Difference between revisions of "Housecarl"

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A '''Housecarl''' (sometimes spelled '''Huscarl''' or '''housecarle''', originally '''huskarl''') was a professional [[soldier]] retained by a [[Scandanavia]]n [[king]]. This term was eventually exported to [[Anglo-Saxon]]s who took it to mean [[fighter|warrior]] who had sworn [[fealty]] to a [[lord]]. As [[vassal|vassals]] living in a [[noble]]'s [[household]], Housecarls were the standing fighters of Anglo-Saxon [[England]], comparable to [[knight]]s elsewhere in [[Europe]].
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A '''Housecarl''' (sometimes spelled '''Huscarl''' or '''housecarle''', originally '''huskarl''') was a professional [[soldier]] retained by a [[Scandanavia]]n [[king]]. This term was eventually exported to the [[Anglo-Saxon]]s during the [[11th century]] who took it to mean [[fighter|warrior]] who had sworn [[fealty]] to a [[lord]]. As [[vassal|vassals]] living in a [[noble]]'s [[household]]. Housecarls were the standing royal fighters of Anglo-Saxon [[England]], comparable to [[knight]]s elsewhere in [[Europe]].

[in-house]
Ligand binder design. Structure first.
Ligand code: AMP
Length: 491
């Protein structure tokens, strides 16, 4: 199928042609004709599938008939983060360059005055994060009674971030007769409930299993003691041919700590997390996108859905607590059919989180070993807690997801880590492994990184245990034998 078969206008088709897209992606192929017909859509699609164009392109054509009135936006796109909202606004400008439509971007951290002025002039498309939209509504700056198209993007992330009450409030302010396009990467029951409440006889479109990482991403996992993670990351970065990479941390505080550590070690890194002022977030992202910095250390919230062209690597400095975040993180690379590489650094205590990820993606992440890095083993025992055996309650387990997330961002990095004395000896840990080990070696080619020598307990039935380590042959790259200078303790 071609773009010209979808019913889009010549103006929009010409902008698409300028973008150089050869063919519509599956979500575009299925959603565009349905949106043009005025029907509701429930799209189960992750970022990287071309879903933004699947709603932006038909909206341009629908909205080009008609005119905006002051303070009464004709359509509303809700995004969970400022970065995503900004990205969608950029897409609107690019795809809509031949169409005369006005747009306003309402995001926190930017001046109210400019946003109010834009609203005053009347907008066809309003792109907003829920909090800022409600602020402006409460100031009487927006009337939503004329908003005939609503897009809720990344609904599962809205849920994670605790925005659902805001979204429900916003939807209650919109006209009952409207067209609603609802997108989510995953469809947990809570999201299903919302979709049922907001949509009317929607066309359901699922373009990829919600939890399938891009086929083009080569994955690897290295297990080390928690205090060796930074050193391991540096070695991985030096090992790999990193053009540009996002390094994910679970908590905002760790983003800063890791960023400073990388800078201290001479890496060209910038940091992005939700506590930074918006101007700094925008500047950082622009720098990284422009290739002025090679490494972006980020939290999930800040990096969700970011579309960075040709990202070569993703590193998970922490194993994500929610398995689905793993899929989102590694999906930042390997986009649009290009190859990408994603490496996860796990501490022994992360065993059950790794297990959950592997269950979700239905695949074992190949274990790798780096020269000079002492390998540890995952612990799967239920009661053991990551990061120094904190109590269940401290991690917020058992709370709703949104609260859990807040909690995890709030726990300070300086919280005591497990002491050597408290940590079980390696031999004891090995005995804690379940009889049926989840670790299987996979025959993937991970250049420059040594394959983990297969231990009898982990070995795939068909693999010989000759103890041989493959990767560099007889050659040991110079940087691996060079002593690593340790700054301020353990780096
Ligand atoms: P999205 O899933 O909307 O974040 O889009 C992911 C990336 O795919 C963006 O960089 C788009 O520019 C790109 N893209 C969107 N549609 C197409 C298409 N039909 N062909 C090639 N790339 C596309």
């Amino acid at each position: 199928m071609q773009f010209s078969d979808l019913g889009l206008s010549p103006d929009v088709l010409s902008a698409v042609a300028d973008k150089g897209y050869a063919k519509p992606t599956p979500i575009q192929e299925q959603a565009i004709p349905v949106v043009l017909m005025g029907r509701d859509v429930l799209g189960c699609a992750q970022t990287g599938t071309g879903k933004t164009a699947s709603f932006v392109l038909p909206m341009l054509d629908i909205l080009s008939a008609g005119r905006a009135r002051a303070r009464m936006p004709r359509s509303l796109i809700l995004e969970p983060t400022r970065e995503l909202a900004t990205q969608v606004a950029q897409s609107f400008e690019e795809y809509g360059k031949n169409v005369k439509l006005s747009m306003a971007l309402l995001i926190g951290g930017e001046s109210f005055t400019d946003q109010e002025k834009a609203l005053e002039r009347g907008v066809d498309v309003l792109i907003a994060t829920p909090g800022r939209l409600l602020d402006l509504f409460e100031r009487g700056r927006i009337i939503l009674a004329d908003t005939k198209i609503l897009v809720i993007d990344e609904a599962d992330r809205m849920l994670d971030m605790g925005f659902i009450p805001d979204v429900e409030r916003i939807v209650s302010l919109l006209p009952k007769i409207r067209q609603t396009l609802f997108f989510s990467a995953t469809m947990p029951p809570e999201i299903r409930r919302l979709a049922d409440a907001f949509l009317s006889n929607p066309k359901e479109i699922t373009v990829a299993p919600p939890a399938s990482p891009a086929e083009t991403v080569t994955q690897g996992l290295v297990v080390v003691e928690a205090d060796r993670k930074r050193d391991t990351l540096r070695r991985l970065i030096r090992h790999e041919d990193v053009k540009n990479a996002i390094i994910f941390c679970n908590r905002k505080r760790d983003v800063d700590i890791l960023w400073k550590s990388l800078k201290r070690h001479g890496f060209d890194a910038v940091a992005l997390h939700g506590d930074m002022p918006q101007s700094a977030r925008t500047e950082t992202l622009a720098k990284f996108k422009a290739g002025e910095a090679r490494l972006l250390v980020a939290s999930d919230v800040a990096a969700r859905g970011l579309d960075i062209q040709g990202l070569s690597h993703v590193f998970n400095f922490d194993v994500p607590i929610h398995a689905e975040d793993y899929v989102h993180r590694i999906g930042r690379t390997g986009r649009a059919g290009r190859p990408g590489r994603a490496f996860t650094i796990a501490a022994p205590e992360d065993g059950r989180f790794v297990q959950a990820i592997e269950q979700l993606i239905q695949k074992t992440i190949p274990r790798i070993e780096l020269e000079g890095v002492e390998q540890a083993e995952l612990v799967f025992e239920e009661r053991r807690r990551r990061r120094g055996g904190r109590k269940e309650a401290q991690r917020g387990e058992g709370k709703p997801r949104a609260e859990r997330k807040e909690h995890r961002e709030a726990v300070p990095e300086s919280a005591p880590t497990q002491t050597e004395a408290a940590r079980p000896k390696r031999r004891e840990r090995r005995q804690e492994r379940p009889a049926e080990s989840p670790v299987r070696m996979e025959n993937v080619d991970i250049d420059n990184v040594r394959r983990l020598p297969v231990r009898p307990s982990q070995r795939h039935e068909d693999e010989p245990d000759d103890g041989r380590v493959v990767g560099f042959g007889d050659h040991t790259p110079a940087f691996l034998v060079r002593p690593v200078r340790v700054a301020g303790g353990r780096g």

They were required to have the best quality equipment and if they failed to do so they would be expelled from the Huscarls. They had additional duties acting in their lord's stead in a number of tasks.
 
They were required to have the best quality equipment and if they failed to do so they would be expelled from the Huscarls. They had additional duties acting in their lord's stead in a number of tasks.

Revision as of 21:26, 15 April 2007

A Housecarl (sometimes spelled Huscarl or housecarle, originally huskarl) was a professional soldier retained by a Scandanavian king. This term was eventually exported to the Anglo-Saxons during the 11th century who took it to mean warrior who had sworn fealty to a lord. As vassals living in a noble's household. Housecarls were the standing royal fighters of Anglo-Saxon England, comparable to knights elsewhere in Europe.

They were required to have the best quality equipment and if they failed to do so they would be expelled from the Huscarls. They had additional duties acting in their lord's stead in a number of tasks.

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